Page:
Few best Bridge Cameras of 2011-2012
Fujifilm Finepix HS20
Price: $ 365.6572 (approx)
…with a huge 30x (24-720mm) optical zoom lens
With a huge 30x (24-720mm) optical zoom
lens, Fuji’s HS20EXR superzoom is comparable to little else on the market
thanks to its manual zoom control that works much like a DSLR lens. This bridge
camera’s 16MP EXR CMOS sensor is backed up by a sensor – shift image
stabilisabtion system (not optical) and can capture shots from ISO 100-12,800.
There’s even an 8fps burst mode to reel off images, Full HD 1080p movie
capture, and Raw capture that few competiors are able to offer. The HS20’s
price has also dropped like a bomb in recent months, so it’s a steal.
Nikon Coolpix P500
Price: $ 374.5975 (approx)
Nikon’s latest bridge camera, the Coolpix
P500, cranks things up a gear compared to Nikon superzooms of old. It comes
with a massive 36xzoom that equates to a super-wide 22.5mm through to a
superzoom 810mm-great for extra wideangle shots without sacrificing the top-end
zoom. The P500’s 12.1MP sensor is also back –illuminated by design which means
its low light performance is better than much of the competiton, indeed this
Coolpix’s images are of top quality and only let down by the lack of an optical
stabilization system (as per the HS20 this bridge camera depends on sensor –
based Vibration Reduction).
Canon Powershot SX40 HS
Price: $518.4465 (approx)
Powershot SX40 HS
The newest superzoom to hit the shelves,
Canon’s latest has a long –reaching 35x zoom with a maximum focal length of
840mm. that gives it the ability to reach just that bit further than the
competition, certainly an attractive prospect for a bridge camera. Although
updates are limited compared to the previous SX30 IS, the Canon has got all the
important things right: big zoom; optical image stabilization and the best
superzoom picture quality. The 2.7 in LCD screen’s even mounted on a tilt-angle
bracket to allow for more unusually framing. The only thing missing here is Raw
Sony Cyber-Shot HX 100V
Price: $ 411.0738 (approx)
Cyber-Shot HX 100V
Sony’s HX100V – the ‘V’ stands for the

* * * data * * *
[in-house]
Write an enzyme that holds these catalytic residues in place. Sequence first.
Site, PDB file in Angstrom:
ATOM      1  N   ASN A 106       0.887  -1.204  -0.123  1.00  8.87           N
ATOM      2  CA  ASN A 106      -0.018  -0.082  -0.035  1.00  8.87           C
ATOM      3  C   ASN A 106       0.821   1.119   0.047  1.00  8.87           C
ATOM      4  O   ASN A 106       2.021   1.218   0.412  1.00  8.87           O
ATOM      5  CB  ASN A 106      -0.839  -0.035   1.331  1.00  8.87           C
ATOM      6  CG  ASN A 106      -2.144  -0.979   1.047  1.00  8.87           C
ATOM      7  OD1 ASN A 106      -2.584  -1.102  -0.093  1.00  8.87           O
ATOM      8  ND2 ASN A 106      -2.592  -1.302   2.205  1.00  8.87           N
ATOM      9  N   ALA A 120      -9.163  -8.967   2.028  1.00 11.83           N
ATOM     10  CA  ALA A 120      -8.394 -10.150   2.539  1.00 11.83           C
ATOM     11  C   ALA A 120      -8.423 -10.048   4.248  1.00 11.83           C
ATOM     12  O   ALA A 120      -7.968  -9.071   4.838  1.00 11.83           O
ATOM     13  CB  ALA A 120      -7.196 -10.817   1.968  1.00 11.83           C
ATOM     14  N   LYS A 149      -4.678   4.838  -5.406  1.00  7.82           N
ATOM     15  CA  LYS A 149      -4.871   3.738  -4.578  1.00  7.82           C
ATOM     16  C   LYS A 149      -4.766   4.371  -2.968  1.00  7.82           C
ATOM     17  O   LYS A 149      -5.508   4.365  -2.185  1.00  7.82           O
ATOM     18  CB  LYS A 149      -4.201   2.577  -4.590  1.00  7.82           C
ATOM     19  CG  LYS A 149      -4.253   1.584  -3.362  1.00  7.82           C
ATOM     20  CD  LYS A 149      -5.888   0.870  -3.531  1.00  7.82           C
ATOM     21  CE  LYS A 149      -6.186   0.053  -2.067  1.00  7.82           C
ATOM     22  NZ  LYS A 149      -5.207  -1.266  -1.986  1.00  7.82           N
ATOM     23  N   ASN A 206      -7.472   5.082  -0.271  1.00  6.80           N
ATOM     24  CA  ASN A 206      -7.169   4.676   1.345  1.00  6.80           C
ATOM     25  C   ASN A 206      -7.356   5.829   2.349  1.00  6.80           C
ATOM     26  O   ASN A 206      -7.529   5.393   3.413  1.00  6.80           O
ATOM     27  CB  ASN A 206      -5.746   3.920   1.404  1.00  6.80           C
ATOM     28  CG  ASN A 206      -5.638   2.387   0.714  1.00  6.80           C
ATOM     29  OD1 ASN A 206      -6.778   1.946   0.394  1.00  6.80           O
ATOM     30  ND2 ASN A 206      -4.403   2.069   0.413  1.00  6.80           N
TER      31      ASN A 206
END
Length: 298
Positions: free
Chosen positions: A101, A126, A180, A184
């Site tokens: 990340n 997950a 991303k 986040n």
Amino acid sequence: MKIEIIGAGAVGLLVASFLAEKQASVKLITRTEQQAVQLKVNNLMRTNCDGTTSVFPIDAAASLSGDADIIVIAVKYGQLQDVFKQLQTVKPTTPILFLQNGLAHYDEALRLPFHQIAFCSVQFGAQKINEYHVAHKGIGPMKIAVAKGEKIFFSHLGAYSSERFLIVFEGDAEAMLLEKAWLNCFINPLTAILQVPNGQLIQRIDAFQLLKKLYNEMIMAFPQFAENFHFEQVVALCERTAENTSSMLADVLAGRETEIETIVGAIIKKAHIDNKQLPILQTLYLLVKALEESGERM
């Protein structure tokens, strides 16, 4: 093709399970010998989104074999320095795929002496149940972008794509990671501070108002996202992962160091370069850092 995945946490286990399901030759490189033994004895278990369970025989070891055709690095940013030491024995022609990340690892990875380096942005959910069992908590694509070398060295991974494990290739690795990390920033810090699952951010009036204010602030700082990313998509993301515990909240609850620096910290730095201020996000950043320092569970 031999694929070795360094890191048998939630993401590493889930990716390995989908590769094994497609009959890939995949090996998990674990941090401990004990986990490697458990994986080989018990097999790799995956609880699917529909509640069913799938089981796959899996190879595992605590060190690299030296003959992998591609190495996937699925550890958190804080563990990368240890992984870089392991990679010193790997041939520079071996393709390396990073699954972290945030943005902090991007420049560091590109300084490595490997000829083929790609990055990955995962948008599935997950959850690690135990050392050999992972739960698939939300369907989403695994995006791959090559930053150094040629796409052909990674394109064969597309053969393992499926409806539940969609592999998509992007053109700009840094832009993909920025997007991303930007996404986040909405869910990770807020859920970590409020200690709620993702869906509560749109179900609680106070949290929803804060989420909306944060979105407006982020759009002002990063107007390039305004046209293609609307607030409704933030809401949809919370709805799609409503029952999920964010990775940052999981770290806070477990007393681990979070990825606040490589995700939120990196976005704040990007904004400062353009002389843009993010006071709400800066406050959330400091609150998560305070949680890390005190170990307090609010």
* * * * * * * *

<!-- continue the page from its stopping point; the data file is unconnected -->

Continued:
Global positioning Satellite (GPS) unit in the body – is a great superzoom
camera. With a dual control to zoom the 30x (27-810mm) lens the HX100V feels
different to its competitors: either use the zoom toggle around the shutter or
the power zoom to the side of the lens or, at the flick of a switch, adjust manual
focus instead. It’s an innovative system that gives bags of user control. A
variety of extra modes such as Sweep Panorama, Full HD 1080 50 movies and 3D
mode further ice the cake.
Panasonic Lumix FZ150
Price: $402.2944 (approx)
Although Panasonic’s best-specified bridge
camera has a lesser 24x zoom than most of its competitors, it still offers a
rangey 24-600mm equivalent but where this superzoom truly excels in the
performance department: the FZ150 has far faster and more precise focusing than
any of the competition and that’s integral to getting the right shot. Add an
exceptional optical image stabilization and there’s nothing else out there that
can match up to this bridge camera’s abilities. Other modes such as a
super-fast 12fps burst mode can even be used in continuous autofocus and Raw
shooting is available. If the shorter top-end zoom isn’t an issue than look no
further than the FZ150-it’s how superzoom should be.
Meet Rohan Shreshia – Fashion Photographer.
Shreshia – Fashion Photographer
How and when is a bridge camera more
useful? And for whom?
A bridge camera is more useful for those
who don’t want to invest in expensive DSLR’s and the accessories that come
with, but who still want to feel like they are using a professional piece of
equipment rather than a basic point and shoot camera.
If asked to pick the best bridge
camera in market today, which one would you go for?
Well I began using a Sony Cybershot camera
and I am quite comfortable with it. It is easy to use for beginners and does
produce some good images. Although, off late I have heard that the Canon range
of bridge cameras are very good and since I use a Canon professionally my bias
would lean to that.
A bridge camera is best preferred for
which type of photography?
In all honesty as a DSLR camera user, I
feel that bridge camera will only be used in photography on the go to click
photos of landscapes, people, lifestyle, holidays, etc. by those who are just
about starting out as photographers.
Tips for the beginners who are more
interested to start off with a bridge camera?
My advice would be to not mistake the
bridge camera and a DSLR to be the same thing or for that matter even remotely
similar. The bridge camera is, at best, a step up from a point and shoot, but
doesn’t compare with the quality of a DSLR. Camera’s with digital zoom are a